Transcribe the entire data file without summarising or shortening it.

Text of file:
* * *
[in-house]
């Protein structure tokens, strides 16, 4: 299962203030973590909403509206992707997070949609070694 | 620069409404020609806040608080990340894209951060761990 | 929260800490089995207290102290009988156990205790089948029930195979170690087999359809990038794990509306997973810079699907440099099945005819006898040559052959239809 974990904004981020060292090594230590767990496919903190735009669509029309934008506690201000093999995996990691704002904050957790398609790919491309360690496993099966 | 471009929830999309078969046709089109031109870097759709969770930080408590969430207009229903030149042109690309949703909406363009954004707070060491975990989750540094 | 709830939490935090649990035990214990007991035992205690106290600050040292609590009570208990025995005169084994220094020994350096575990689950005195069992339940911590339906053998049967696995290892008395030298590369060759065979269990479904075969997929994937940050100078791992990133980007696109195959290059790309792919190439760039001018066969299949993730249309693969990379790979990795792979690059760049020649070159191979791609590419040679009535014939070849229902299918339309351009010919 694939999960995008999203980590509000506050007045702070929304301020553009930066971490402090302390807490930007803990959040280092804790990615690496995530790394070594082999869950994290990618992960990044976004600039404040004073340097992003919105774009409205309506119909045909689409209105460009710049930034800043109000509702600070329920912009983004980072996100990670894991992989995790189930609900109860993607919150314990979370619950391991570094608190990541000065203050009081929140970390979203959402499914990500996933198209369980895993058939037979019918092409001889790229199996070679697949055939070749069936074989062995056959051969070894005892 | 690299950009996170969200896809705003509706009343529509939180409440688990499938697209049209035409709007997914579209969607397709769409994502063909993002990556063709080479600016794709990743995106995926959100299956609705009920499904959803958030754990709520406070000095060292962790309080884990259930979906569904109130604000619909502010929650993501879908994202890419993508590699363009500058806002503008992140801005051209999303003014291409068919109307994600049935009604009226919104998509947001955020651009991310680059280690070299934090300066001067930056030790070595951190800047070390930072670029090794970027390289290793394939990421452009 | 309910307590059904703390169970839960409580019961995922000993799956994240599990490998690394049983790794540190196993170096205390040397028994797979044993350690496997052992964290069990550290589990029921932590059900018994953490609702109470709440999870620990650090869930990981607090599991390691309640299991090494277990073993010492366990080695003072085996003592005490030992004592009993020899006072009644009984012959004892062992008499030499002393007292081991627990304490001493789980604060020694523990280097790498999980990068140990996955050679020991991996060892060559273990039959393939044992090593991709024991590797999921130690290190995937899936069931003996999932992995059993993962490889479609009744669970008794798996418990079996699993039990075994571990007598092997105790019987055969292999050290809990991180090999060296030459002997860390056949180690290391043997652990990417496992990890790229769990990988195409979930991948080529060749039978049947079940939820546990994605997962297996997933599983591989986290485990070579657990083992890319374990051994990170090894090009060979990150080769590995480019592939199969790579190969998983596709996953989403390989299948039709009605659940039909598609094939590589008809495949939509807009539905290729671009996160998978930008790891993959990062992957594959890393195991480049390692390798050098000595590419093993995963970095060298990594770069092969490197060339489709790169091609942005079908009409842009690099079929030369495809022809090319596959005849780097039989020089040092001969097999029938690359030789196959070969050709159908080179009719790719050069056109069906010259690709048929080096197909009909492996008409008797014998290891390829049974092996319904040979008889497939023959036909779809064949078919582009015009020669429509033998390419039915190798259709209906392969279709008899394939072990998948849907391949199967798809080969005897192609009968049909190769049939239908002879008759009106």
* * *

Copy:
[in-house]
């Protein structure tokens, strides 16, 4: 299962203030973590909403509206992707997070949609070694 | 620069409404020609806040608080990340894209951060761990 | 929260800490089995207290102290009988156990205790089948029930195979170690087999359809990038794990509306997973810079699907440099099945005819006898040559052959239809 974990904004981020060292090594230590767990496919903190735009669509029309934008506690201000093999995996990691704002904050957790398609790919491309360690496993099966 | 471009929830999309078969046709089109031109870097759709969770930080408590969430207009229903030149042109690309949703909406363009954004707070060491975990989750540094 | 709830939490935090649990035990214990007991035992205690106290600050040292609590009570208990025995005169084994220094020994350096575990689950005195069992339940911590339906053998049967696995290892008395030298590369060759065979269990479904075969997929994937940050100078791992990133980007696109195959290059790309792919190439760039001018066969299949993730249309693969990379790979990795792979690059760049020649070159191979791609590419040679009535014939070849229902299918339309351009010919 694939999960995008999203980590509000506050007045702070929304301020553009930066971490402090302390807490930007803990959040280092804790990615690496995530790394070594082999869950994290990618992960990044976004600039404040004073340097992003919105774009409205309506119909045909689409209105460009710049930034800043109000509702600070329920912009983004980072996100990670894991992989995790189930609900109860993607919150314990979370619950391991570094608190990541000065203050009081929140970390979203959402499914990500996933198209369980895993058939037979019918092409001889790229199996070679697949055939070749069936074989062995056959051969070894005892 | 690299950009996170969200896809705003509706009343529509939180409440688990499938697209049209035409709007997914579209969607397709769409994502063909993002990556063709080479600016794709990743995106995926959100299956609705009920499904959803958030754990709520406070000095060292962790309080884990259930979906569904109130604000619909502010929650993501879908994202890419993508590699363009500058806002503008992140801005051209999303003014291409068919109307994600049935009604009226919104998509947001955020651009991310680059280690070299934090300066001067930056030790070595951190800047070390930072670029090794970027390289290793394939990421452009 | 309910307590059904703390169970839960409580019961995922000993799956994240599990490998690394049983790794540190196993170096205390040397028994797979044993350690496997052992964290069990550290589990029921932590059900018994953490609702109470709440999870620990650090869930990981607090599991390691309640299991090494277990073993010492366990080695003072085996003592005490030992004592009993020899006072009644009984012959004892062992008499030499002393007292081991627990304490001493789980604060020694523990280097790498999980990068140990996955050679020991991996060892060559273990039959393939044992090593991709024991590797999921130690290190995937899936069931003996999932992995059993993962490889479609009744669970008794798996418990079996699993039990075994571990007598092997105790019987055969292999050290809990991180090999060296030459002997860390056949180690290391043997652990990417496992990890790229769990990988195409979930991948080529060749039978049947079940939820546990994605997962297996997933599983591989986290485990070579657990083992890319374990051994990170090894090009060979990150080769590995480019592939199969790579190969998983596709996953989403390989299948039709009605659940039909598609094939590589008809495949939509807009539905290729671009996160998978930008790891993959990062992957594959890393195991480049390692390798050098000595590419093993995963970095060298990594770069092969490197060339489709790169091609942005079908009409842009690099079929030369495809022809090319596959005849780097039989020089040092001969097999029938690359030789196959070969050709159908080179009719790719050069056109069906010259690709048929080096197909009909492996008409008797014998290891390829049974092996319904040979008889497939023959036909779809064949078919582009015009020669429509033998390419039915190798259709209906392969279709008899394939072990998948849907391949199967798809080969005897192609009968049909190769049939239908002879008759009106």